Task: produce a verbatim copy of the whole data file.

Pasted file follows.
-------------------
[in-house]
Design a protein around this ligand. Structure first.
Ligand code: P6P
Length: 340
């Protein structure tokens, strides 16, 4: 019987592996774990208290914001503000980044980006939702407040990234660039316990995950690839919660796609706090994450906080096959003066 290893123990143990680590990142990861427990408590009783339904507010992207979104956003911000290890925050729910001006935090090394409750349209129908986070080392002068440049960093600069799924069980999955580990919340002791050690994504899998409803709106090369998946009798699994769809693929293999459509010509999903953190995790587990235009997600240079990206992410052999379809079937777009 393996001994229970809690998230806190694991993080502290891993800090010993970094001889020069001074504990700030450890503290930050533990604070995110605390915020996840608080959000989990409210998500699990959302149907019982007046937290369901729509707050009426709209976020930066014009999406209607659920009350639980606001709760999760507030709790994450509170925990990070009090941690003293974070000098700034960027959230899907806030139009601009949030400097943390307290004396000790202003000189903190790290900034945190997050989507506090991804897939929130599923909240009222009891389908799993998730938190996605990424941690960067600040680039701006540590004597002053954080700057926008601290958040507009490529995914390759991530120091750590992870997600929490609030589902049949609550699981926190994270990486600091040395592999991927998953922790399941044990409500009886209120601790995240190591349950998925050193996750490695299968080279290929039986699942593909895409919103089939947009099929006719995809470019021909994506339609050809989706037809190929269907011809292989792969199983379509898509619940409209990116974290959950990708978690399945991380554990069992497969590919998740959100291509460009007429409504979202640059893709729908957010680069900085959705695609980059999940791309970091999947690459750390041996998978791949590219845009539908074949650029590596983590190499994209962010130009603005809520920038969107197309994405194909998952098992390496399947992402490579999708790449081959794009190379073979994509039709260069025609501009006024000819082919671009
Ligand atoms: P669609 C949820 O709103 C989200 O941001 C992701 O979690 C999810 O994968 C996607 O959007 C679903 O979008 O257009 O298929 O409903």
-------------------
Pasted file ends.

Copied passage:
[in-house]
Design a protein around this ligand. Structure first.
Ligand code: P6P
Length: 340
């Protein structure tokens, strides 16, 4: 019987592996774990208290914001503000980044980006939702407040990234660039316990995950690839919660796609706090994450906080096959003066 290893123990143990680590990142990861427990408590009783339904507010992207979104956003911000290890925050729910001006935090090394409750349209129908986070080392002068440049960093600069799924069980999955580990919340002791050690994504899998409803709106090369998946009798699994769809693929293999459509010509999903953190995790587990235009997600240079990206992410052999379809079937777009 393996001994229970809690998230806190694991993080502290891993800090010993970094001889020069001074504990700030450890503290930050533990604070995110605390915020996840608080959000989990409210998500699990959302149907019982007046937290369901729509707050009426709209976020930066014009999406209607659920009350639980606001709760999760507030709790994450509170925990990070009090941690003293974070000098700034960027959230899907806030139009601009949030400097943390307290004396000790202003000189903190790290900034945190997050989507506090991804897939929130599923909240009222009891389908799993998730938190996605990424941690960067600040680039701006540590004597002053954080700057926008601290958040507009490529995914390759991530120091750590992870997600929490609030589902049949609550699981926190994270990486600091040395592999991927998953922790399941044990409500009886209120601790995240190591349950998925050193996750490695299968080279290929039986699942593909895409919103089939947009099929006719995809470019021909994506339609050809989706037809190929269907011809292989792969199983379509898509619940409209990116974290959950990708978690399945991380554990069992497969590919998740959100291509460009007429409504979202640059893709729908957010680069900085959705695609980059999940791309970091999947690459750390041996998978791949590219845009539908074949650029590596983590190499994209962010130009603005809520920038969107197309994405194909998952098992390496399947992402490579999708790449081959794009190379073979994509039709260069025609501009006024000819082919671009
Ligand atoms: P669609 C949820 O709103 C989200 O941001 C992701 O979690 C999810 O994968 C996607 O959007 C679903 O979008 O257009 O298929 O409903």